Methods: We implemented RT-dPCR based COVID-19 group testing on a commercially available system and assay (naica® system from Stilla Technologies) and investigated the sensitivity of the method in real life conditions of a university hospital in Paris, France, in May 2020. We tested the protocol in a direct comparison with reference RT-PCR testing on 448 samples split into groups of 8, 16 and 32 samples for RT-dPCR analysis.

      Results: Individual RT-PCR testing identified 25/448 positive samples. Using 56 groups of 8, RT-dPCR identified 23 groups as positive, corresponding to 26 positive samples by individual PCR (positive percentage agreement 95.2% [95% confidence interval: 76.2-99.9%]) and including 2 samples not detected by individual RT-PCR but confirmed positive by further investigation. 15 of 28 groups of 16 tested positive, corresponding to 25 positive samples by individual PCR (positive percentage agreement 87.5% [95% confidence interval: 61.7-98.4%]). 14 groups of 32 were fully concordant with individual PCR testing but will need to be confirmed on larger datasets.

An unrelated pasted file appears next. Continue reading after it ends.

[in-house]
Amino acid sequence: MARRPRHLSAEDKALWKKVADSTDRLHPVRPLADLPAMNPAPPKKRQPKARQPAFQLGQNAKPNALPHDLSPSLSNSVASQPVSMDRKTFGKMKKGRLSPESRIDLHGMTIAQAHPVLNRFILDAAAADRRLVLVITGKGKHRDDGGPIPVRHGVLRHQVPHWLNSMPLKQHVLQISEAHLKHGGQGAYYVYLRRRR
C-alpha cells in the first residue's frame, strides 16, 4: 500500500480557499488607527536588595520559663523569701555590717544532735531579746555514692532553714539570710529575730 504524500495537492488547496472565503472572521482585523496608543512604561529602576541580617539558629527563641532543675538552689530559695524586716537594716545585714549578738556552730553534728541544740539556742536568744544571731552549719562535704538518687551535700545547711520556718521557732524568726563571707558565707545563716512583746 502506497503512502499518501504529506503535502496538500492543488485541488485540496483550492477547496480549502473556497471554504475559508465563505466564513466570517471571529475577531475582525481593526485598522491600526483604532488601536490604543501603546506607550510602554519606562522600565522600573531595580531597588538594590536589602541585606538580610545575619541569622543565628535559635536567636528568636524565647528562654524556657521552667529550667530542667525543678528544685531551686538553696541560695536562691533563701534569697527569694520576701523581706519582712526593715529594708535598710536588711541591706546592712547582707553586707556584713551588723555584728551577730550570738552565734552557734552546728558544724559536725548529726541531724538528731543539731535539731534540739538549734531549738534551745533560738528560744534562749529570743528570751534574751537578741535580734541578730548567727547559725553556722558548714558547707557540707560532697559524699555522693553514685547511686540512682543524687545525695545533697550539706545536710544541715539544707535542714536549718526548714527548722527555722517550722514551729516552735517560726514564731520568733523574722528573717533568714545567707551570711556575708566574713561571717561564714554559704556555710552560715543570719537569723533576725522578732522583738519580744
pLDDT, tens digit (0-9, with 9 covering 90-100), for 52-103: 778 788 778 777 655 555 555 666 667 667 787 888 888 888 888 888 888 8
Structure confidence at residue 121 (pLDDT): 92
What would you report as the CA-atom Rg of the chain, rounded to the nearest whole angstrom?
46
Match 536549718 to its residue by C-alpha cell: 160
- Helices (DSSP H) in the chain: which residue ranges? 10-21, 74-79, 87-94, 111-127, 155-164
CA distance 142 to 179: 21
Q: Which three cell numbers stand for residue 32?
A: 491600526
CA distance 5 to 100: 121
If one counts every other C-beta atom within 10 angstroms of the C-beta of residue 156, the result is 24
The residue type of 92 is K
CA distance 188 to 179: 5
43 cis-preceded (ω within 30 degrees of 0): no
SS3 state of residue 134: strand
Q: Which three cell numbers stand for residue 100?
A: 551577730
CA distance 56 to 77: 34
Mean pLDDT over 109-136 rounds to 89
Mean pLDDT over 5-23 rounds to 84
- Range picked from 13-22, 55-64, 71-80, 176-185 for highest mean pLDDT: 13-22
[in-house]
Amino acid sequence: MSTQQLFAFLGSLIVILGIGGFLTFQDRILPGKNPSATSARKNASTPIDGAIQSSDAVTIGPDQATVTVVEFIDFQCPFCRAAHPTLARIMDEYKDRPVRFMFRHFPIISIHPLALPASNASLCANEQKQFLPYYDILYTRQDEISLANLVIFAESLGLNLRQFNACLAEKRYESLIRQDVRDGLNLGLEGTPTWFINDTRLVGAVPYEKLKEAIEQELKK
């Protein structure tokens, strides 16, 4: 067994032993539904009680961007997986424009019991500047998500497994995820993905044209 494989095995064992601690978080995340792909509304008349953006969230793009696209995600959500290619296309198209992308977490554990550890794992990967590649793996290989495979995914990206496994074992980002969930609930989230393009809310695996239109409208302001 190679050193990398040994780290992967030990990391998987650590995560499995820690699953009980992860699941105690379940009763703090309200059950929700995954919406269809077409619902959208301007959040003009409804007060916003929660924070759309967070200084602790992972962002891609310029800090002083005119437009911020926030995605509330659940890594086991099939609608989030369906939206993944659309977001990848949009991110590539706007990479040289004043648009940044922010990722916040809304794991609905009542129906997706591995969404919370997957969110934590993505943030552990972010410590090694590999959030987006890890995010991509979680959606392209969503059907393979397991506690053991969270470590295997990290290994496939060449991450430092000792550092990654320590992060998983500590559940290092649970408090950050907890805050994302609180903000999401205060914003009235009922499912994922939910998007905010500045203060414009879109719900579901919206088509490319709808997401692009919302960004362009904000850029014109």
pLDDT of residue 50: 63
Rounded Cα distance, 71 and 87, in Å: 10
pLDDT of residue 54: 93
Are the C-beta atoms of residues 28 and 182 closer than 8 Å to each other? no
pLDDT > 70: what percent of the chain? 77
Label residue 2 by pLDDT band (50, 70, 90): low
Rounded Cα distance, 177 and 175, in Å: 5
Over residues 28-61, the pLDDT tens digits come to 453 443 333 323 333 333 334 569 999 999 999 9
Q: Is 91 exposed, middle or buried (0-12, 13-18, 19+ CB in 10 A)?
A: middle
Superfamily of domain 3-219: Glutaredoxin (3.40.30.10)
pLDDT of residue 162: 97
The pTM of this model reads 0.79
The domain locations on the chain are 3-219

Attention please!

        Olivier Gossner, Jakub Steiner and Colin Stewart
        Econometrica, Vol. 89, No. 4 (July, 2021), 1717–1751, 2021

        Abstract: We study the impact of manipulating the attention of a decision-maker who learns sequentially about a number of items before making a choice. Under natural assump- tions on the decision-maker’s strategy, directing attention toward one item increases its likelihood of being chosen regardless of its value. This result applies when the decision- maker can reject all items in favor of an outside option with known value; if no outside option is available, the direction of the effect of manipulation depends on the value of the item. A similar result applies to manipulation of choices in bandit problems.